PRMSA has petitioned here for review of the FMC's order. The FMC and the United States are respondents; Stanley Hecht, president of SOS, has appeared as an intervenor.2 In its petition, PRMSA presses the claim preclusion argument it made before the FMC. It also claims that the FMC's decision on the merits of the attorneys' fees issue was error.
Because the question of claim preclusion is purely a matter of law within the expertise of the federal courts and is not a question within the particular expertise of the FMC, our review of that issue is plenary. Cf. Dion v. Secretary of Health and Human Servs., 823 F.2d 669, 673 (1st Cir.1987). We also note the doctrine that “[j]udgments within the powers vested in courts by the Judiciary Article of the Constitution may not lawfully be revised, overturned or refused faith and credit by another Department of Government.” Chicago & Southern Air Lines, Inc. v. Waterman S.S. Corp., 333 U.S. 103, 113, 68 S.Ct. 431, 437, 92 L.Ed. 568 (1948). Because we believe that FMC Docket No. 93-21 was barred under principles of claim preclusion, we reverse the FMC's order with respect to FMC Docket No. 93-21 including its order granting reparations of the amount of attorneys' fees collected by PRMSA pursuant to the federal court action. We do not, however, believe that FMC Docket No. 92-12 was barred and, in light of our deferential review of the FMC's construction of a statute it administers, see Chevron U.S.A., Inc. v. Natural Resources Defense Council, 467 U.S. 837, 104 S.Ct. 2778, 81 L.Ed.2d 694 (1984), we affirm the FMC's order in that case.
1. FMC Docket No. 93-21: The Reparations Claim. Since the identity of the parties and the existence of a final judgment on the merits are not in dispute, the parties have focussed on whether there was sufficient identity between the causes of action actually litigated in the federal court action and the claim for reparations before the FMC. We do not enter the fray, as do the parties, for under the principle of claim preclusion, “ ‘a final judgment on the merits of an action precludes the parties or their privies from relitigating issues that were or could have been raised in that action.’ ” Manego v. Orleans Bd. of Trade, 773 F.2d 1, 5 (1st Cir.1985) (quoting Allen v. McCurry, 449 U.S. 90, 94, 101 S.Ct. 411, 415, 66 L.Ed.2d 308 (1980) (emphasis supplied)), cert. denied, 475 U.S. 1084, 106 S.Ct. 1466, 89 L.Ed.2d 722 (1986); accord Kelly v. Merrill Lynch, Pierce, Fenner & Smith, Inc., 985 F.2d 1067, 1070 (11th Cir.), cert. denied, 510 U.S. 1011, 114 S.Ct. 600, 126 L.Ed.2d 565 (1993).
The claims of unreasonableness, and hence, illegality, of the attorneys' fees provision in the bill of lading could have been raised as an affirmative defense in the action over which the district court plainly had jurisdiction. Although SOS could have raised unreasonableness as an affirmative defense and requested the district court to stay the action and refer the question to the FMC as a matter of primary jurisdiction, see Holt Marine Terminal, Inc. v. United States Lines, 472 F.Supp. 487, 489 (S.D.N.Y.1978); cf. P.R. Maritime Shipping Auth. v. Valley Freight Sys., 856 F.2d 546, 549 (3d Cir.1988) (referral to Interstate Commerce Commission), the decision to refer was within the discretion of the federal court. Valley Freight Sys., 856 F.2d at 549. The doctrine of primary jurisdiction does not implicate the subject matter jurisdiction of the federal court. Id.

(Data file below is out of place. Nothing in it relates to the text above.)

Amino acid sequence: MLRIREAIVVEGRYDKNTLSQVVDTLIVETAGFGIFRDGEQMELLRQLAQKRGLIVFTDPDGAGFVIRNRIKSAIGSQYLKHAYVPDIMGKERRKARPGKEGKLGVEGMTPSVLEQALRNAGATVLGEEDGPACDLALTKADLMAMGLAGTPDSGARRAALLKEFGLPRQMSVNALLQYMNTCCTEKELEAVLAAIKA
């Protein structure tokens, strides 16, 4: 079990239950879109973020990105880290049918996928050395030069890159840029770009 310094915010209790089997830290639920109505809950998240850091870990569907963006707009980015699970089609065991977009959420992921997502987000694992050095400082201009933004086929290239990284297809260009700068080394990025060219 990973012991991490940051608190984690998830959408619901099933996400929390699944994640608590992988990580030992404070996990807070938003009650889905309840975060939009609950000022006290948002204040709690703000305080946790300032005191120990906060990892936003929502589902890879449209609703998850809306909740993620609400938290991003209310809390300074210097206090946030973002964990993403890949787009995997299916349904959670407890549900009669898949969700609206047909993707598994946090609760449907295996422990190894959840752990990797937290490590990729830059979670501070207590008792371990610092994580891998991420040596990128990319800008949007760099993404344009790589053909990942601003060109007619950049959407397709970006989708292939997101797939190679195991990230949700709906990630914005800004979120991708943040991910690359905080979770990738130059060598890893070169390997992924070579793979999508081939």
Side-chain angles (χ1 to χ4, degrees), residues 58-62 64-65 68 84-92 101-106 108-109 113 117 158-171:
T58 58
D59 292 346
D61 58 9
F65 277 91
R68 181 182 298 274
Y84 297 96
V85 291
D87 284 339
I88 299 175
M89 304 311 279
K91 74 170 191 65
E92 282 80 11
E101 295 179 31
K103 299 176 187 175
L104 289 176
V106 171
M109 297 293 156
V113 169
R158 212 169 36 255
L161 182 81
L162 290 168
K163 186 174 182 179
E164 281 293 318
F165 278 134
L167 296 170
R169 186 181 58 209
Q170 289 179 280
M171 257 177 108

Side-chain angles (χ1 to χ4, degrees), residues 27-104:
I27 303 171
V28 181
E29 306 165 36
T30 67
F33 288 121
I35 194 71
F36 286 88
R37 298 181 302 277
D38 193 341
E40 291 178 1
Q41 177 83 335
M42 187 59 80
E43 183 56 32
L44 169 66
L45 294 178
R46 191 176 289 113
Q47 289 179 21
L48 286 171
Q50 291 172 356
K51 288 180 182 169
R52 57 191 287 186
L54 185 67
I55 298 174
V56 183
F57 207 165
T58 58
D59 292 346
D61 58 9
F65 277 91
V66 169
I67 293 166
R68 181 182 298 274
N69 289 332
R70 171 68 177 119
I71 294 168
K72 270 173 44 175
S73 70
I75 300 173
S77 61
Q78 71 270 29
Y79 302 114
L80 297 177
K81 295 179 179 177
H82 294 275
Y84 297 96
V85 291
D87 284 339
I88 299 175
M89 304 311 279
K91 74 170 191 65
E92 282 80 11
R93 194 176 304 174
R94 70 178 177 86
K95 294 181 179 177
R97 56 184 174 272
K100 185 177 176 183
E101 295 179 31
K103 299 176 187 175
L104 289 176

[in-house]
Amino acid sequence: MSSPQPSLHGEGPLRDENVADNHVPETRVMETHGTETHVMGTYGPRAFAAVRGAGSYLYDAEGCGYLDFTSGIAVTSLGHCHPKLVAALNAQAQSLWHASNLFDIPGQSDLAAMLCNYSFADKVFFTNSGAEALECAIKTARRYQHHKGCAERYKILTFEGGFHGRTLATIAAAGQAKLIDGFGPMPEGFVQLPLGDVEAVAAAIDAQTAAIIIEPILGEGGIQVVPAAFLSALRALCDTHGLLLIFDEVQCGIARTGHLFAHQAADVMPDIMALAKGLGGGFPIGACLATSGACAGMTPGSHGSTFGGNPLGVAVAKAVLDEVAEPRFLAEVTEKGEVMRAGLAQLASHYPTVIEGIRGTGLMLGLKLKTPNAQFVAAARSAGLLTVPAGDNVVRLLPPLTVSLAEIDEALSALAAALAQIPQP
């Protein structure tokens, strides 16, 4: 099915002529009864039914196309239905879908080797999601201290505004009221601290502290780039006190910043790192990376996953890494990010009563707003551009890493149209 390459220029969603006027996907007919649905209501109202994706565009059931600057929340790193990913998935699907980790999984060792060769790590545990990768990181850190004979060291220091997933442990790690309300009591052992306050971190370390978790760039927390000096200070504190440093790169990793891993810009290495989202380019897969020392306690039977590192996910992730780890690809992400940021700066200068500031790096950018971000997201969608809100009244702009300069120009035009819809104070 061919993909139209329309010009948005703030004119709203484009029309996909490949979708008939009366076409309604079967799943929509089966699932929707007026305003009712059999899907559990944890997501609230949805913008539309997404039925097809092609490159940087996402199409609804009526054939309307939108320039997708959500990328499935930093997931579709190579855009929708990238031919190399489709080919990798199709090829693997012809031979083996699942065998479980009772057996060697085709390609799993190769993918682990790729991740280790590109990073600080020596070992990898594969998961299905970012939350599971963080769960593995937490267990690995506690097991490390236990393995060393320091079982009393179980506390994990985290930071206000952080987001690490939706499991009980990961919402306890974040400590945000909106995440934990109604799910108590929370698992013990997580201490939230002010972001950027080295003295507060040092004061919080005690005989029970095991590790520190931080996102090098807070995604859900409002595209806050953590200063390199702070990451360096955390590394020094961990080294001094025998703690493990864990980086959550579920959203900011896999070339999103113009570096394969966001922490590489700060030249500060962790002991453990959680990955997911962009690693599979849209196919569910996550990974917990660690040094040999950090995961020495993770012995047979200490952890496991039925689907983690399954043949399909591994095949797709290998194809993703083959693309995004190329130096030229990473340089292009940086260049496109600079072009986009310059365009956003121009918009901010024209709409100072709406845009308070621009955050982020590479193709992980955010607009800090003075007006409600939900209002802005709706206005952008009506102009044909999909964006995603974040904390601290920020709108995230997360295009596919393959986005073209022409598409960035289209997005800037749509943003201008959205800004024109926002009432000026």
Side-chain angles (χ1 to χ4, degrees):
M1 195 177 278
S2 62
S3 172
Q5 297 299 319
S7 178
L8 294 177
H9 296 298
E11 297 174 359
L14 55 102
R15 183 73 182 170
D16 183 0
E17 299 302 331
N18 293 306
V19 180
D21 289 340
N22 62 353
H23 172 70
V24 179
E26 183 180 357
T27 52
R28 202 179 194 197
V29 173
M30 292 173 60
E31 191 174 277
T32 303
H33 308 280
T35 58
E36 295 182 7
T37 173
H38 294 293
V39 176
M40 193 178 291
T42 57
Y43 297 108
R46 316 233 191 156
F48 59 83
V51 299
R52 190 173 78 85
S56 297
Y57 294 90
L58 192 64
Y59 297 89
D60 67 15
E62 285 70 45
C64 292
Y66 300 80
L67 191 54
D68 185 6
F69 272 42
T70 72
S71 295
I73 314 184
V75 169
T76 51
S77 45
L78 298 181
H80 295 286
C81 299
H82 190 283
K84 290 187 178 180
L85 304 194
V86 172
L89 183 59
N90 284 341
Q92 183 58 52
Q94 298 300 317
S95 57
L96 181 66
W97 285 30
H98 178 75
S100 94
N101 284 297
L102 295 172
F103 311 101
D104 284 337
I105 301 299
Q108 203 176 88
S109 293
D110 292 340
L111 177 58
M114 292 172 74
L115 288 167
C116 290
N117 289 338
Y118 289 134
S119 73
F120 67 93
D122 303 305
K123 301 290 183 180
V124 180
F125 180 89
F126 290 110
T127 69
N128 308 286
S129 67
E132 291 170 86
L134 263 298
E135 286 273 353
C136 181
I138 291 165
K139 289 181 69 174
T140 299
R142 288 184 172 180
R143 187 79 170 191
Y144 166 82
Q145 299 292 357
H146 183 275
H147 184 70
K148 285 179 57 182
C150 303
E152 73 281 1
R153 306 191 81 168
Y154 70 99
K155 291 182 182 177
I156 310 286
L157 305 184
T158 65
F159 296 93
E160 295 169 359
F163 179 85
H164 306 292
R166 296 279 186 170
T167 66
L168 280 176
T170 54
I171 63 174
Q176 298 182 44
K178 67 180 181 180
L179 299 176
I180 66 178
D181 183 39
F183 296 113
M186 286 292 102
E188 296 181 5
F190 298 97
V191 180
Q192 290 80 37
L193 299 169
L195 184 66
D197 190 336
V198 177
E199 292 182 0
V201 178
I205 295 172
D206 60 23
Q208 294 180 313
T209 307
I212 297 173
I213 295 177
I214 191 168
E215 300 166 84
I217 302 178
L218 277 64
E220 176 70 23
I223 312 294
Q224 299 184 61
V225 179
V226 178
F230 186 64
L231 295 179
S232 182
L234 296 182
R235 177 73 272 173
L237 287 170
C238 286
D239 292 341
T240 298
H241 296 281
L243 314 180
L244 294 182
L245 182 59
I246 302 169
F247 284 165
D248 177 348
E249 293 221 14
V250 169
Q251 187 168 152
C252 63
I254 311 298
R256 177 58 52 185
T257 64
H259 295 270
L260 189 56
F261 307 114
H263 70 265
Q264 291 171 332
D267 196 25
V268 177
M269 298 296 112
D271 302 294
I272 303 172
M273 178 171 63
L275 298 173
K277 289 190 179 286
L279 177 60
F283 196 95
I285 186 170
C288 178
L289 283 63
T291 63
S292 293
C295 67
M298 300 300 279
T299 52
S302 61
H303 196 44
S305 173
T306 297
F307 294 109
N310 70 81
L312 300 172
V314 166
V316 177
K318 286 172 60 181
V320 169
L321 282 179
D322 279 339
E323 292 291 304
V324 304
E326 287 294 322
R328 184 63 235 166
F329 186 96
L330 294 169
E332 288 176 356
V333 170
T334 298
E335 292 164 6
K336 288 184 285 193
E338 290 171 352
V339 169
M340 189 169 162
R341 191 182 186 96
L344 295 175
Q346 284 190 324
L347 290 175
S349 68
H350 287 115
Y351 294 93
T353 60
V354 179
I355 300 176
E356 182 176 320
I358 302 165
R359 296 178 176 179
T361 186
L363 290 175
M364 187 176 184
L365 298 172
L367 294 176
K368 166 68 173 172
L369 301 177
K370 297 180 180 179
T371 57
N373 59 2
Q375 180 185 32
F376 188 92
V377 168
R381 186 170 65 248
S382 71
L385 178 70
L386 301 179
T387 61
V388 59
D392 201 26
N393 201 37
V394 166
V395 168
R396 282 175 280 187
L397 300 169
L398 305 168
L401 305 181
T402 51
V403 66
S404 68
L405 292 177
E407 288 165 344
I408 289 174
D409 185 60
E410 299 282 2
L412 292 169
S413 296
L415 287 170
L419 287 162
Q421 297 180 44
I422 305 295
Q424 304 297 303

Normally, this would be the end of the matter. Under the transactional approach of the Restatement (Second) of Judgments § 24 (1980) applicable here, see Manego, 773 F.2d at 5; see also Wallis v. Justice Oaks II, Ltd. (In re Justice Oaks II, Ltd.), 898 F.2d 1544, 1551 (11th Cir.) (applying Restatement's transactional approach), cert. denied, 498 U.S. 959, 111 S.Ct. 387, 112 L.Ed.2d 398 (1990), defendants can no more split defenses arising out of the same transaction or occurrence than plaintiffs can split claims. Even if SOS's reparations claim before the FMC is characterized as a counterclaim rather than an affirmative defense, it would not be a separate cause of action. The reparations claim, which is based on the very same four shipments at issue in the federal court collection action, clearly arose out of the same transaction or occurrence and virtually all of the facts necessary to the reparations claim would have formed the basis of a defense to the collection action. Cf. Pirela v. Village of North Aurora, 935 F.2d 909, 912 (7th Cir.), cert. denied, 502 U.S. 983, 112 S.Ct. 587, 116 L.Ed.2d 612 (1991).
Indeed, the required joinder of compulsory counterclaims, see Fed.R.Civ.P. 13(a) and Restatement (Second) of Judgments § 22, is designed to prevent parties from hiding behind formal distinctions between defenses and counterclaims. Under usual circumstances, SOS's reparations claim would be a compulsory counterclaim and SOS's failure to assert it in the federal court action would have barred it from bringing it in a subsequent action. See id.
The FMC urges that those usual rules should not apply, relying on the opinion in Government of Guam v. American President Lines, 28 F.3d 142 (D.C.Cir.1994). That case held that there is no express or implied cause of action in federal district courts over reparations claims brought under either the 1916 Act or the 1933 Act.3 The argument goes that SOS cannot be barred from pursuing a reparations action that could not have been brought in the federal district court. That argument begs the question. The issue here is whether principles of claim preclusion bar the assertion of a claim before an agency which is based on a legal theory that could have been raised by way of defense to the district court claim and which, if it had been raised, could have provided the same relief.